Cartoon Builds Blocks


Coming off of a strong year, Cartoon Network is launching six new series, shuffling its afternoon block and continuing a collaboration with broadcast sibling The WB.

Cartoon's plans, including a new show from The Powerpuff Girls creator Craig McCracken, came out at a joint upfront presentation here with the Kids' WB last week. Cartoon will premiere more than 300 new show episodes this season — more than double last year's total, according to general manager Jim Samples. Cartoon is holding a separate upfront, in late March, for its successful "Adult Swim" late-night block.

At last week's kids-oriented event, both Cartoon and The WB said there will continued cooperation and program-sharing between the two. Advertising on the cable network and the broadcast kids' block is now sold by one sales force, as executives alluded at the presentation.

"Joining forces with Kids' WB just reinforces the fact that we're learning to live in your one-television world, the world where the lines between cable and broadcast no longer exist," Cartoon executive vice president of sales and marketing Kim McQuilken told media buyers.

He also noted that during the past few years: "We've had more collaboration, more sharing of shows and more projects and co-development that ever before. And it's only going to get better."

In its target demographic, Carton has enjoyed steady growth this season to date. For example, in primetime for kids six to 11, delivery grew 11%, to 587,000 and ratings were up 14%, to a 2.5, according to a Turner Entertainment Research analysis of Nielsen Media Research data. In total day for that demographic, delivery increased 6% to 342,000, and ratings were up 8% to a 1.4.

Last year, Cartoon was in a three-way tie at No. 3 in the primetime household ratings, with a 1.6, according to an ABC Cable Networks Group analysis of Nielsen data. In total day last year, Cartoon was in a four-way tie for second place, with a 1.1.


Cartoon already shares more than a half dozen shows off and on with The WB, including Teen Titans. The next series likely to be "multiplexed" is The WB's The Batman, which debuts on the broadcaster this fall. It will probably get a window on Cartoon Network six months later, Samples said.

During Cartoon's upfront segment, the network outlined plans to debut an afternoon action-adventure program block called "Miguzi," which will replace its Toonami anime block from 5 p.m. to 7 p.m. weekdays. A revamped Toonami, in turn, will move to Saturday nights.

The Miguzi weekday afternoon franchise, whose focus is action-adventure shows with a comic twist, is targeting kids ages 6 to 11. Toonami is being positioned as the home for sophisticated action and anime programming for teens.

"We do believe we'll get a higher concentration of 9-to-14-year-olds on a Saturday night," Samples said. "It's going to give a better structure to the air, better audience flow and higher ratings."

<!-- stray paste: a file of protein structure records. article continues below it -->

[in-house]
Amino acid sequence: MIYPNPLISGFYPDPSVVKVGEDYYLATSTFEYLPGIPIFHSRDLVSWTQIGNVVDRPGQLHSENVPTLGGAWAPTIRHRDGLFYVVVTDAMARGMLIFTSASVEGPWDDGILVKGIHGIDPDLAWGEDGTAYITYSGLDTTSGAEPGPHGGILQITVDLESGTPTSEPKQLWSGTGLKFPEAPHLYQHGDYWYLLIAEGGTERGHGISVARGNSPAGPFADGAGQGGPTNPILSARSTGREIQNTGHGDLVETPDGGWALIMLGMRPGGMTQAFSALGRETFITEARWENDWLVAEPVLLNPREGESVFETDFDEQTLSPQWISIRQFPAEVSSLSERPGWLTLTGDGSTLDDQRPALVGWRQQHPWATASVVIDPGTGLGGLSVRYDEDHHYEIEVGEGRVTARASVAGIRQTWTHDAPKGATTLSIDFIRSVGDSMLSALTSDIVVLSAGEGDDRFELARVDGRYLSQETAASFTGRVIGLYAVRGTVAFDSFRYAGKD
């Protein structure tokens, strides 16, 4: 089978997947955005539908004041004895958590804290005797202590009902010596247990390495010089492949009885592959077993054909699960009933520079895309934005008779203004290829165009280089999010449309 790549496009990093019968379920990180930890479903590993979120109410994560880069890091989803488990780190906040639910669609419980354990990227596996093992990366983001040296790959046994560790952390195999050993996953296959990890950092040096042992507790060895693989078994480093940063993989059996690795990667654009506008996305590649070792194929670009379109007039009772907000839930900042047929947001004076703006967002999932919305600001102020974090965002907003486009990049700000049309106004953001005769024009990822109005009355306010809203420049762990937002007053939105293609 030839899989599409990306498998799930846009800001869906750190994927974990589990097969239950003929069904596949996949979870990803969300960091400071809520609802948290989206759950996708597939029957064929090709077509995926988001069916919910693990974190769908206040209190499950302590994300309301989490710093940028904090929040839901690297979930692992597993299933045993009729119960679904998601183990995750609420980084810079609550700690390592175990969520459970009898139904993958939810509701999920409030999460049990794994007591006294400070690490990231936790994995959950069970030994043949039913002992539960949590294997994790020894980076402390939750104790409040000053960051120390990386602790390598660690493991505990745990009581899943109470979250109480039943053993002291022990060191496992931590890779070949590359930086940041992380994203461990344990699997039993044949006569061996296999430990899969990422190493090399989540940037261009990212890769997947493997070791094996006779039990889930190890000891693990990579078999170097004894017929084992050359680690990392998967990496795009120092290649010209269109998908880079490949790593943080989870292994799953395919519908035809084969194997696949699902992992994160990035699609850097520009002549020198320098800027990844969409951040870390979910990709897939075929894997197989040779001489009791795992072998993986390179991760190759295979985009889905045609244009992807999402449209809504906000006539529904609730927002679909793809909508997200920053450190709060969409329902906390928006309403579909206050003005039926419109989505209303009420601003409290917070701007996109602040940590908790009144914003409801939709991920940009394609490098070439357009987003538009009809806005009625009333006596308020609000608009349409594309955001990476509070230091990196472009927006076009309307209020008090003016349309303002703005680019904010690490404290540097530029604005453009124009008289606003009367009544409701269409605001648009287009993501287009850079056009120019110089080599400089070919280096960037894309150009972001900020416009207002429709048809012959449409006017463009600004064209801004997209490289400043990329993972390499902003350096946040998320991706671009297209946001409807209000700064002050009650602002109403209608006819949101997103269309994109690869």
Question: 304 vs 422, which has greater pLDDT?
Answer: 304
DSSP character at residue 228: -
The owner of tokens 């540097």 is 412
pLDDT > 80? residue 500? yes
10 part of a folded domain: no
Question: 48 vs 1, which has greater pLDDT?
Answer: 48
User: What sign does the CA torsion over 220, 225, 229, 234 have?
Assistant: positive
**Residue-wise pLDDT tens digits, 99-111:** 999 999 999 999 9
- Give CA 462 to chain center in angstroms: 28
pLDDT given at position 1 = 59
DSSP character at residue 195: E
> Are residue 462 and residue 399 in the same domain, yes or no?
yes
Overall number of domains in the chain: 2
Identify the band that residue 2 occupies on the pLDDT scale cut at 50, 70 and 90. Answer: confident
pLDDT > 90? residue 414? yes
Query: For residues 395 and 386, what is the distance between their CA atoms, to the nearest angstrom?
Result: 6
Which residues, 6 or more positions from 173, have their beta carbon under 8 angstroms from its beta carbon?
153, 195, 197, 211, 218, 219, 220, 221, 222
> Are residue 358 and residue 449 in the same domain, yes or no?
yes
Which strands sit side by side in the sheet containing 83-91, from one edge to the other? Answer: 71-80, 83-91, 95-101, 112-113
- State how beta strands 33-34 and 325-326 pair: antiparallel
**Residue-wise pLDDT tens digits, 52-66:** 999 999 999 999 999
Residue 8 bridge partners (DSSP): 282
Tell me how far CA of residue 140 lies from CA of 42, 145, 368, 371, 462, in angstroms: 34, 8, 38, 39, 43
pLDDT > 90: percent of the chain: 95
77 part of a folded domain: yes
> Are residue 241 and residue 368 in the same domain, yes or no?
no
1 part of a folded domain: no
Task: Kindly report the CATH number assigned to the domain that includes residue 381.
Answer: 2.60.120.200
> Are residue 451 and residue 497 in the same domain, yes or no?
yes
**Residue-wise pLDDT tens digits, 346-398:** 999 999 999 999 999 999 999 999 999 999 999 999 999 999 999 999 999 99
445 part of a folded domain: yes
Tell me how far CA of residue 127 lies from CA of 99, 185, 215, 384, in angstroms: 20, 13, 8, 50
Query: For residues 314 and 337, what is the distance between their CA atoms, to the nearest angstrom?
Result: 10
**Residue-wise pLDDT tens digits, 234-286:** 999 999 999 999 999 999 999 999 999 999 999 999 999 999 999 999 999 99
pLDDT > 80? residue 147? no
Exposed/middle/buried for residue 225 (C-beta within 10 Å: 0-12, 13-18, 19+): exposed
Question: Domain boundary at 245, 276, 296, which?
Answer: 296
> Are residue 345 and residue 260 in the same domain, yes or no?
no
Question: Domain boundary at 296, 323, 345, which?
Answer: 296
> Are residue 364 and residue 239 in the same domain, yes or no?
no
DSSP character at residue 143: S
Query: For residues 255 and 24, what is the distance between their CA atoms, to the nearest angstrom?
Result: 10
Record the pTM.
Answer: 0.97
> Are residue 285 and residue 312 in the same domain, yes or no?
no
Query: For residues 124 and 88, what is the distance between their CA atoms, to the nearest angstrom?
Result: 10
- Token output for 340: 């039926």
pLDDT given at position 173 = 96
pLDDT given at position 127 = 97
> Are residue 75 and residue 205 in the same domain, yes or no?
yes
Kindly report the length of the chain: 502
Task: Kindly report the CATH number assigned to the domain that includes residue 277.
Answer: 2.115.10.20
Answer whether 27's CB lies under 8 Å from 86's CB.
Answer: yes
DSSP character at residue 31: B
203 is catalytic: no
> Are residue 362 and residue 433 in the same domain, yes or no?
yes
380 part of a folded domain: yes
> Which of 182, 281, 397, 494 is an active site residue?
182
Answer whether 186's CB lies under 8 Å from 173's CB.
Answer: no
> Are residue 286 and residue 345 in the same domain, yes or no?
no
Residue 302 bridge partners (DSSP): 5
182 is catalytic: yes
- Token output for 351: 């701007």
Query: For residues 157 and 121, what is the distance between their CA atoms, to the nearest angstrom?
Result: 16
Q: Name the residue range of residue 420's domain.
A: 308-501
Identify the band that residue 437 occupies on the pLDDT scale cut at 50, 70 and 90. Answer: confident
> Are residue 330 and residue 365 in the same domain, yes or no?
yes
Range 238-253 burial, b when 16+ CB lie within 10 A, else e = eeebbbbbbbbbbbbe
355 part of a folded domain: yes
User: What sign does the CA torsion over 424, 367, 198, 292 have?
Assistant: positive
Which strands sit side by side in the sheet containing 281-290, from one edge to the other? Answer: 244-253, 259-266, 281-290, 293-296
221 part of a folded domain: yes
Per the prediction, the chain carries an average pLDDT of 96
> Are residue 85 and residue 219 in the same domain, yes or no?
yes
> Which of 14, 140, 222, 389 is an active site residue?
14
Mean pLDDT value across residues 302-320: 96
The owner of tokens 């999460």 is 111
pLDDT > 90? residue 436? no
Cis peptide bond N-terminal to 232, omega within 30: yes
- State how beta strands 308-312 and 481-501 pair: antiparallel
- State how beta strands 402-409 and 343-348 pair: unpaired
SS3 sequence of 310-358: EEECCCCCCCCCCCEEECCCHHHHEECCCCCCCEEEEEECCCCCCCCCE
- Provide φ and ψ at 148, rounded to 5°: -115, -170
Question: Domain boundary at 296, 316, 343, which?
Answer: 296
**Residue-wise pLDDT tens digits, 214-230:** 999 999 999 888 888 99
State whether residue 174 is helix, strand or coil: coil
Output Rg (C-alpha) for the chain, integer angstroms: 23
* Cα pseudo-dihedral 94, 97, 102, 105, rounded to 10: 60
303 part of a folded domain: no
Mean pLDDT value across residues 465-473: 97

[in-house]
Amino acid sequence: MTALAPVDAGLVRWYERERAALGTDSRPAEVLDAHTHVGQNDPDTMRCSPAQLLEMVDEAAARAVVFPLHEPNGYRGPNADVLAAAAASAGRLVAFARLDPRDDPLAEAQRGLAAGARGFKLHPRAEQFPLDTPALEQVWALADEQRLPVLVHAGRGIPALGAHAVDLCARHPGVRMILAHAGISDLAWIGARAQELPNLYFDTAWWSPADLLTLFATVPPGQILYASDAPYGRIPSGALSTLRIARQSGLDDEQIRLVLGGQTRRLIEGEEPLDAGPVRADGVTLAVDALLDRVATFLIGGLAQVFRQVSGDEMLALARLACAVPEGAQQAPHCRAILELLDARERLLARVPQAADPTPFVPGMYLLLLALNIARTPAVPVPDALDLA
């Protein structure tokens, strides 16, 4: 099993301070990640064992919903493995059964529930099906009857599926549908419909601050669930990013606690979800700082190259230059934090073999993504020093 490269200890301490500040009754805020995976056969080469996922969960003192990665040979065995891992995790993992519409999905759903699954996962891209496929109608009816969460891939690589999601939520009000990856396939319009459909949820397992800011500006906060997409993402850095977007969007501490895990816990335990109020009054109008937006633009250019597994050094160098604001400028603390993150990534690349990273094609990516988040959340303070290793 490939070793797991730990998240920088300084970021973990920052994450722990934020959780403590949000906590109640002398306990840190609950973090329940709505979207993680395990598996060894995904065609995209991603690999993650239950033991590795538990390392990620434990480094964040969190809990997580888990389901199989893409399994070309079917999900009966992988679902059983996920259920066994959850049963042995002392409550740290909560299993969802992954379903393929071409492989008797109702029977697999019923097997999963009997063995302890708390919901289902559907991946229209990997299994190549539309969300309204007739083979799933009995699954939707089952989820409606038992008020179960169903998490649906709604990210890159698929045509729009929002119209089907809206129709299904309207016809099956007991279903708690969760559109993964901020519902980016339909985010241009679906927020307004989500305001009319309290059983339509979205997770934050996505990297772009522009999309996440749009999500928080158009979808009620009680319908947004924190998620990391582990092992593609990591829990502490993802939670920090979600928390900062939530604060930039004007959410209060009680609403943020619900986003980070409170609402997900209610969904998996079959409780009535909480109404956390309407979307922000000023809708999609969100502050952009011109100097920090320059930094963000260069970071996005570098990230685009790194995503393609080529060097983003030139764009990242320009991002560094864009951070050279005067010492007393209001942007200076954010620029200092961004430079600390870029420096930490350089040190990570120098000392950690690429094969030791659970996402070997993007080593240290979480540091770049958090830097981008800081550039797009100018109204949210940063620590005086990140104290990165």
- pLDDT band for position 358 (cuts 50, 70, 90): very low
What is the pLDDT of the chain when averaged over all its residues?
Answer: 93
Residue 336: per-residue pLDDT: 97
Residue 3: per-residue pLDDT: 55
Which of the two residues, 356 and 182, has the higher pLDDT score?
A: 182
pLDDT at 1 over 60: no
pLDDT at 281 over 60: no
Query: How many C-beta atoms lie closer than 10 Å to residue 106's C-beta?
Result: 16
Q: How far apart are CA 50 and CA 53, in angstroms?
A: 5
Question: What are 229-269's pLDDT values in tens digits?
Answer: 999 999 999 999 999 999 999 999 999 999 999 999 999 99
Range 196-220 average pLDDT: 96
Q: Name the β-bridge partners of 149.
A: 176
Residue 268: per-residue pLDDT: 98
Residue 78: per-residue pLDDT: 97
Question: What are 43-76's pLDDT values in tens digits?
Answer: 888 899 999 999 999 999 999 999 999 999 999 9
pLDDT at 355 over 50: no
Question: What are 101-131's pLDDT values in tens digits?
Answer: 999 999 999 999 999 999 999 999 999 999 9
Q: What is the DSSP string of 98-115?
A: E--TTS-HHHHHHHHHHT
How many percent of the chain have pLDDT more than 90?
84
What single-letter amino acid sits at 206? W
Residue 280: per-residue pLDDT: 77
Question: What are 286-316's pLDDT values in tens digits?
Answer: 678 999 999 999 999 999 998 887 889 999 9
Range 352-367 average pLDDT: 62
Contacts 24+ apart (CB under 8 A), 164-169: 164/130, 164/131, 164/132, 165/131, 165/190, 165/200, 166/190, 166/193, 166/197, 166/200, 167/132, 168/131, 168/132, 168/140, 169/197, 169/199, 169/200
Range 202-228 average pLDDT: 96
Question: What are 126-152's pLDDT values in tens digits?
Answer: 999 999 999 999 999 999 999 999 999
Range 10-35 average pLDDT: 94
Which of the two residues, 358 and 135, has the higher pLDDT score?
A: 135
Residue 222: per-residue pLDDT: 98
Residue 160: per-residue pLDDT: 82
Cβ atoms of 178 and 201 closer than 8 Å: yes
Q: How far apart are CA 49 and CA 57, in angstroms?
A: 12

The new block will be "more inclusive," he added. "Toonami was much more boy-targeted."

Toonami takes its new time slot, Saturday nights from 7 p.m. to midnight, starting on April 17.

Miguzi, set on an abandoned spaceship buried in the sea, debuts April 19. Its lineup will include Teenage Mutant Ninja Turtles and Teen Titans, as well as live-action segments profiling entertainers, athletes and everyday heroes.

Toonami's Saturday-night block will be anchored by one of Cartoon's new shows, Megas XLR, about a 20-something grease monkey who discovers a giant fighting robot from the future in a New Jersey landfill.


A second new series, Foster's Home for Imaginary Friends, is from McCracken. Foster's Home
premieres with a 90-minute movie July 16. The series debuts Sept. 3.

Cartoon's other new shows are: Justice League Unlimited, in which the Justice League characters return with a new series; Atomic Betty, about a brainy little girl who is also a superhero defender of the Cosmos, set for September; Hi Hi Puffy AmiYumi, about the adventures of two real-life Japanese pop stars, which debuts in November; and The Life and Times of Juniper Lee, which is slated to bow in the first quarter of next year.

In addition, Cartoon and The WB have a variety of projects in the works, according to officials.

"We have all different kinds of sharing going on, stuff that we are developing that they air, stuff that they have that we air, things that we're doing together," Samples said.

The WB and Cartoon only have 28% audience duplication, so ratings don't fall off on a show for either network when they both run it, Samples said. "We haven't seen any erosion."